Publication - Publication

Scotland's electricity and gas networks: vision to 2030

Published: 12 Mar 2019

Based on Scotland's energy strategy, this document looks at the ways in which Scotland's electricity and gas network infrastructure will continue to support the energy transition.

21 page PDF

2.0 MB

21 page PDF

2.0 MB

Contents
Scotland's electricity and gas networks: vision to 2030
Ministerial Foreword

21 page PDF

2.0 MB

Ministerial Foreword

Paul Wheelhouse MSP, Minister for Energy, Connectivity and the Islands

Scotland's Energy Strategy, published in December 2017, sets out ambitious targets for a low carbon future for Scotland's energy system and society. In concert with our Climate Change Plan, it will help Scotland deliver against the Climate Change Scotland Act 2009 and play our part as a nation in tackling the damaging effects of climate change. The Strategy will boost Scotland's economy, while also tackling the problem of fuel poverty and creating a range of new models for developing local and community energy.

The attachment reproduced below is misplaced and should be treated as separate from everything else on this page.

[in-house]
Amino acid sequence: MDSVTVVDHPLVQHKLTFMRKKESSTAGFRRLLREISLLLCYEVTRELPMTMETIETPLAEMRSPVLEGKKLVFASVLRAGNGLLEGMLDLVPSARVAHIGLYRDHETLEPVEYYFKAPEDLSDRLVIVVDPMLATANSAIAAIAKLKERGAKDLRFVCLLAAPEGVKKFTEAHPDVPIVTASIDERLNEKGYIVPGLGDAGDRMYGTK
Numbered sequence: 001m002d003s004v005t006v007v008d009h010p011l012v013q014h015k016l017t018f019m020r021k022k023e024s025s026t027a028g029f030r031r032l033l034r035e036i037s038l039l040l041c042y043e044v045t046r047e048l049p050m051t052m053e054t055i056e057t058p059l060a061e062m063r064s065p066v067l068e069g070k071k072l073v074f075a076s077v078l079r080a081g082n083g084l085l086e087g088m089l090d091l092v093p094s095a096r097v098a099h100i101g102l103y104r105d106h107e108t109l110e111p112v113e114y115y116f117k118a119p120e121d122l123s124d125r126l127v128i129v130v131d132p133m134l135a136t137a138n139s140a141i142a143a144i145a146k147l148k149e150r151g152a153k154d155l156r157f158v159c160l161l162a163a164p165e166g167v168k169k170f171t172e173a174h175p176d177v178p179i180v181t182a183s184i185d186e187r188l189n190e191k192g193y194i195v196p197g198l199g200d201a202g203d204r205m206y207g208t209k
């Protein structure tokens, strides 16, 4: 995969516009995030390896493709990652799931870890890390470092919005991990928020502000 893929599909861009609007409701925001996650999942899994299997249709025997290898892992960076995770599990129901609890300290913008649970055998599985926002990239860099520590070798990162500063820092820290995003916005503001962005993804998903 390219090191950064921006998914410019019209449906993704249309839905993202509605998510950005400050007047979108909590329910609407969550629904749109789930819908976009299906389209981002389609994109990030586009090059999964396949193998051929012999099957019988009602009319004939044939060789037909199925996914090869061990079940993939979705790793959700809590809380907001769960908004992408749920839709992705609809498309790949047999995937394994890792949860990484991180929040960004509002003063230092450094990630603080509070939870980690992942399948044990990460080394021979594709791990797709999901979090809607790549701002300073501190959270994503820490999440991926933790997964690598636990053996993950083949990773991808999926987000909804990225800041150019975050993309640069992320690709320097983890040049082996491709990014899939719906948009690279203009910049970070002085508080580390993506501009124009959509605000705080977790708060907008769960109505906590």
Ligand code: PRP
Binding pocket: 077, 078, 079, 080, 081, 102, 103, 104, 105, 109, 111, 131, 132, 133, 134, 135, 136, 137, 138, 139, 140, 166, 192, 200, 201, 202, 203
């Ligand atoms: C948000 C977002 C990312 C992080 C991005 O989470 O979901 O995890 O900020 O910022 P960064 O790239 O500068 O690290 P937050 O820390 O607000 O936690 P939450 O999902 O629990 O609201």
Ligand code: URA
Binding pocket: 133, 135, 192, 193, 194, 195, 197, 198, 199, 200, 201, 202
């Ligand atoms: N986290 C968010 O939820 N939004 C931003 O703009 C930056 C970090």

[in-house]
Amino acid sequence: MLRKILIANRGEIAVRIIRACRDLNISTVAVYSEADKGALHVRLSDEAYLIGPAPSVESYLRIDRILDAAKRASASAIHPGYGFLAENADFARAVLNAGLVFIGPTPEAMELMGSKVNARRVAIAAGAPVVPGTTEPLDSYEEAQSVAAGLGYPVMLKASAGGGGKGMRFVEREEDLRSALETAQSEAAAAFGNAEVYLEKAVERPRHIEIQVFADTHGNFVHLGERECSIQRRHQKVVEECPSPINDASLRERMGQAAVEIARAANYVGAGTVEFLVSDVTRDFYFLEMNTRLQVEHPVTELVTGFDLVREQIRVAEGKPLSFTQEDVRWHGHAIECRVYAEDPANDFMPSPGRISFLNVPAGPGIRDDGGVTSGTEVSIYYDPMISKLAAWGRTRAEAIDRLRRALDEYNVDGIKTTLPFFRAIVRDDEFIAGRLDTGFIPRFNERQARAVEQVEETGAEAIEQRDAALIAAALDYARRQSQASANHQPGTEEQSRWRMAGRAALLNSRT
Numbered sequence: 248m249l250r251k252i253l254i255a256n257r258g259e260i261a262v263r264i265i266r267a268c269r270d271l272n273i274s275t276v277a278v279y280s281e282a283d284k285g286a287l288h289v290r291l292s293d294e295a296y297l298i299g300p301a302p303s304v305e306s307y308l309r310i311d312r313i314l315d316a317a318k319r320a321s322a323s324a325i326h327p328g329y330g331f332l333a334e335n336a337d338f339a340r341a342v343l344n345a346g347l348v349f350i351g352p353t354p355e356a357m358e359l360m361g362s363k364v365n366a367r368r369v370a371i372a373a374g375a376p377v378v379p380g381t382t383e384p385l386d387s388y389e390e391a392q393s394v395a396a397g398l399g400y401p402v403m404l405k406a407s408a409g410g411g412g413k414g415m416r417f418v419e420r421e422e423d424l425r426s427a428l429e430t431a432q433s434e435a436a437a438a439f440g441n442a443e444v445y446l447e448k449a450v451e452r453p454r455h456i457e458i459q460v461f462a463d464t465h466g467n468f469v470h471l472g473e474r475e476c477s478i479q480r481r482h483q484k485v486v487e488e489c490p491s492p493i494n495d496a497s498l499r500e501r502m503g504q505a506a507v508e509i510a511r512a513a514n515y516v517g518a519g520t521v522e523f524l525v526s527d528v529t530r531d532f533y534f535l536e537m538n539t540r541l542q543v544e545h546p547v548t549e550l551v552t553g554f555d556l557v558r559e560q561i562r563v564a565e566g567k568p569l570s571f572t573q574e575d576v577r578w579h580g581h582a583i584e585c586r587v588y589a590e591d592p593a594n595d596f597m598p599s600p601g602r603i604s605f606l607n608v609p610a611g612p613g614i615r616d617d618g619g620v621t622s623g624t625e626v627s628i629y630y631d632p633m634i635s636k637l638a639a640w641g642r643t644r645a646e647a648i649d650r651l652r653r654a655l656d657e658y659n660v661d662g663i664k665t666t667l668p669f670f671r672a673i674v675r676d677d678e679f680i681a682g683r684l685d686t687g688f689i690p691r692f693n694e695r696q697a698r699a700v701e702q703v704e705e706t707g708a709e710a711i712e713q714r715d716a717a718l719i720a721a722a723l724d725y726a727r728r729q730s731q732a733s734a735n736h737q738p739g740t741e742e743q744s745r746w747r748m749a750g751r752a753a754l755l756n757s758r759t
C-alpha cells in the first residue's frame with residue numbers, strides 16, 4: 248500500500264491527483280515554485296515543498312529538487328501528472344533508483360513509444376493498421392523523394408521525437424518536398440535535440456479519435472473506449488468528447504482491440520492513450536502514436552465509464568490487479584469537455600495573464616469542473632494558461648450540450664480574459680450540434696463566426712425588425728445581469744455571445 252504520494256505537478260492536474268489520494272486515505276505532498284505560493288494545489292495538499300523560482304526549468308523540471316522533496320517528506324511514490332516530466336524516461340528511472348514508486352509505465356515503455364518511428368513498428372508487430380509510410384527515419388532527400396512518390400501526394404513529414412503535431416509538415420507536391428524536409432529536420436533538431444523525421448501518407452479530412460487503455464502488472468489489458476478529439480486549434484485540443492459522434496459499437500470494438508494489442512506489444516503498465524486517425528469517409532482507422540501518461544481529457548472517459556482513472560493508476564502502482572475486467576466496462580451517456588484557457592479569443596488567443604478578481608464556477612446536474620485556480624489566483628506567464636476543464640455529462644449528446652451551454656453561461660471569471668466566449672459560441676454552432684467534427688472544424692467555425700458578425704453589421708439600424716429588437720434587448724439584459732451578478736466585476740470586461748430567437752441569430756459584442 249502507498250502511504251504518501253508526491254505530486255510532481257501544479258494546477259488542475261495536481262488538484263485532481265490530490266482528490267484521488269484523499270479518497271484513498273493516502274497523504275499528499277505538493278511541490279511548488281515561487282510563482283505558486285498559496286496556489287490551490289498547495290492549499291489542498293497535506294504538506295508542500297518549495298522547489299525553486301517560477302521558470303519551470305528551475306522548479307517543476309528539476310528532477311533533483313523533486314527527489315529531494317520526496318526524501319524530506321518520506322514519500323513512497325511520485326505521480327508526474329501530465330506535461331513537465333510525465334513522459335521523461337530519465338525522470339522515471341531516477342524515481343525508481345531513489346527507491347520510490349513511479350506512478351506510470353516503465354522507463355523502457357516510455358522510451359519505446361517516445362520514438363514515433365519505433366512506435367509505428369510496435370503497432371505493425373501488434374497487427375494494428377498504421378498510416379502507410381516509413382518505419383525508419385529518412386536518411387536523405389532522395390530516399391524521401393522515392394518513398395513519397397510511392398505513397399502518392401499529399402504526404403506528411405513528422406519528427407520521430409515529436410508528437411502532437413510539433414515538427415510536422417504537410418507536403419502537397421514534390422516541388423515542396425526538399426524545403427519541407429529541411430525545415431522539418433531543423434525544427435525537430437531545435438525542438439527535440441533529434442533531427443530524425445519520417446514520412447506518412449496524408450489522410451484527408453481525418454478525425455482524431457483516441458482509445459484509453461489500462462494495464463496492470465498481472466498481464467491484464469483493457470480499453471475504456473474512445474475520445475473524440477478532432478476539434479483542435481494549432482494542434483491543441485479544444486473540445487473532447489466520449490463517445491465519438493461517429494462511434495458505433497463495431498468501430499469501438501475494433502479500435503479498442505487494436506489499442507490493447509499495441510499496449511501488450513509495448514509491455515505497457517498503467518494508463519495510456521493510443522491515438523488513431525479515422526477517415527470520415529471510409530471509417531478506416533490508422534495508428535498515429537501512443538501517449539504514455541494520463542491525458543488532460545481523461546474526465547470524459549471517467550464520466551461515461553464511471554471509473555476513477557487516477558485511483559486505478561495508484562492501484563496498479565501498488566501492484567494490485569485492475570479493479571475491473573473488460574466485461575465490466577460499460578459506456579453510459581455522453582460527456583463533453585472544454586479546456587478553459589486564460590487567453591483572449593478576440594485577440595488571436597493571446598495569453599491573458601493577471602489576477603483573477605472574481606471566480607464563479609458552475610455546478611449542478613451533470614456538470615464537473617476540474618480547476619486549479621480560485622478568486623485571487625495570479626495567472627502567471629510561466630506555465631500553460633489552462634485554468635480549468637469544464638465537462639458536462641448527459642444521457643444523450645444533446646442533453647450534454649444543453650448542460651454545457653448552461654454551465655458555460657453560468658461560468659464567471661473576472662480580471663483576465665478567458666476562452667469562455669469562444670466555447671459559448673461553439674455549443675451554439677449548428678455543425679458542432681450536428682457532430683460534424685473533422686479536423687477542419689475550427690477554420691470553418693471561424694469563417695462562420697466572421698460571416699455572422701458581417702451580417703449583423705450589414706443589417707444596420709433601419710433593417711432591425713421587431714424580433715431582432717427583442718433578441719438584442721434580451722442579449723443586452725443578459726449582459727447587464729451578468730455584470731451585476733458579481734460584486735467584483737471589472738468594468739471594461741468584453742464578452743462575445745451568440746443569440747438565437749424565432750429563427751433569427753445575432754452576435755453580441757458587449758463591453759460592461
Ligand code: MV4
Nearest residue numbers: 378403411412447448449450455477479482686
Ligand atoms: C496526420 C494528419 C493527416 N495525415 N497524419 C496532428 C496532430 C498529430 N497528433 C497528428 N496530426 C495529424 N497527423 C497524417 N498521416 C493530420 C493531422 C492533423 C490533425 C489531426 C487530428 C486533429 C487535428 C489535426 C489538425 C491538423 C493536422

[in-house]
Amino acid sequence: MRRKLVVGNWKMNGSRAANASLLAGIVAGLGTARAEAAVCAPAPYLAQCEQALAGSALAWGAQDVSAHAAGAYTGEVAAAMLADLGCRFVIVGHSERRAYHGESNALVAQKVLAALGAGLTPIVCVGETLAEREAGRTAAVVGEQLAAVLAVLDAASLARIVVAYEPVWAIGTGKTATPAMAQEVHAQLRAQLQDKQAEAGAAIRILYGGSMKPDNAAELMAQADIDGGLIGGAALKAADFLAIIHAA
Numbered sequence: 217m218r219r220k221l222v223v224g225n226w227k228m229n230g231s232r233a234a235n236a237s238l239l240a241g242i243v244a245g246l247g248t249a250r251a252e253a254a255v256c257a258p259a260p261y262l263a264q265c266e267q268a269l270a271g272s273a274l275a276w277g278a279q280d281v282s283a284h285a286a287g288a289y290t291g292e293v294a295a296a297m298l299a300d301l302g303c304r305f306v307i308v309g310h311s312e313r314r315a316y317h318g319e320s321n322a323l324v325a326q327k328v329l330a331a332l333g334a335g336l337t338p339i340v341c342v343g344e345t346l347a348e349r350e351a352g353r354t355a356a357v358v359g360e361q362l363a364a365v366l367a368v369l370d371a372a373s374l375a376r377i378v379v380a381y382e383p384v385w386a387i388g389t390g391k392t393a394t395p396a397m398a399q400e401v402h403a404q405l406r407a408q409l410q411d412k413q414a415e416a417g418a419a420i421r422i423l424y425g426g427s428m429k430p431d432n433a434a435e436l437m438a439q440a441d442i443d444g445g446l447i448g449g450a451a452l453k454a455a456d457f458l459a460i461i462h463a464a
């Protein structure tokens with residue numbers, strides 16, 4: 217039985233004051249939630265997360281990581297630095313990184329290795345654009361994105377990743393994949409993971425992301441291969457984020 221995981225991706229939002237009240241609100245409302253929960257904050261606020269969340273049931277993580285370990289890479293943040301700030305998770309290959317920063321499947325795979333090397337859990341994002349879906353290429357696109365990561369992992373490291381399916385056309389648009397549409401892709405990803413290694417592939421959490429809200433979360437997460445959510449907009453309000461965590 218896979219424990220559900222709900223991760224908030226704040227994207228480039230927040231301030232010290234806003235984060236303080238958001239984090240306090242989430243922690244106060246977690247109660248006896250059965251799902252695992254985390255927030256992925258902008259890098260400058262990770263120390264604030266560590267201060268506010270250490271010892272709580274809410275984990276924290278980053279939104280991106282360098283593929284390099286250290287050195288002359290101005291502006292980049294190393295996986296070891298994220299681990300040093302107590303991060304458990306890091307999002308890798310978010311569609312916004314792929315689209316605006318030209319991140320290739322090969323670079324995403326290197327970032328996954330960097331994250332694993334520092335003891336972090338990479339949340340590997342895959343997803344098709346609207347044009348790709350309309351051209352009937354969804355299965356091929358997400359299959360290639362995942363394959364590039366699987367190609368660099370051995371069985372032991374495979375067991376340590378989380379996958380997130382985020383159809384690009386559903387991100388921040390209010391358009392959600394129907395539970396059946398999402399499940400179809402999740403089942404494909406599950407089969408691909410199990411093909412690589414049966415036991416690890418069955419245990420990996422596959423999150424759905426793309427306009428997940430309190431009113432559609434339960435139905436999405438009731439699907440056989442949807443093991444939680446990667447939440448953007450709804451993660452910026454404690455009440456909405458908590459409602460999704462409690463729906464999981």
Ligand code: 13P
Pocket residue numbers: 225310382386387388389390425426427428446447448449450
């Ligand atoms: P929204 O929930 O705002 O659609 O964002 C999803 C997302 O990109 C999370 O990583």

In 2017, Scotland's gas and electricity networks delivered around half of all the energy we used in Scotland; in that year £2.25 billion worth of Scottish electricity generation entered the networks, more than 50% of which came from renewables, and gas valued at more than £5 billion entered the gas transmission network at the St. Fergus Gas Terminal. These networks help deliver affordable, reliable and increasingly low carbon energy across Scotland. They will be critical to delivering the principles of the Energy Strategy, and achieving its outcomes.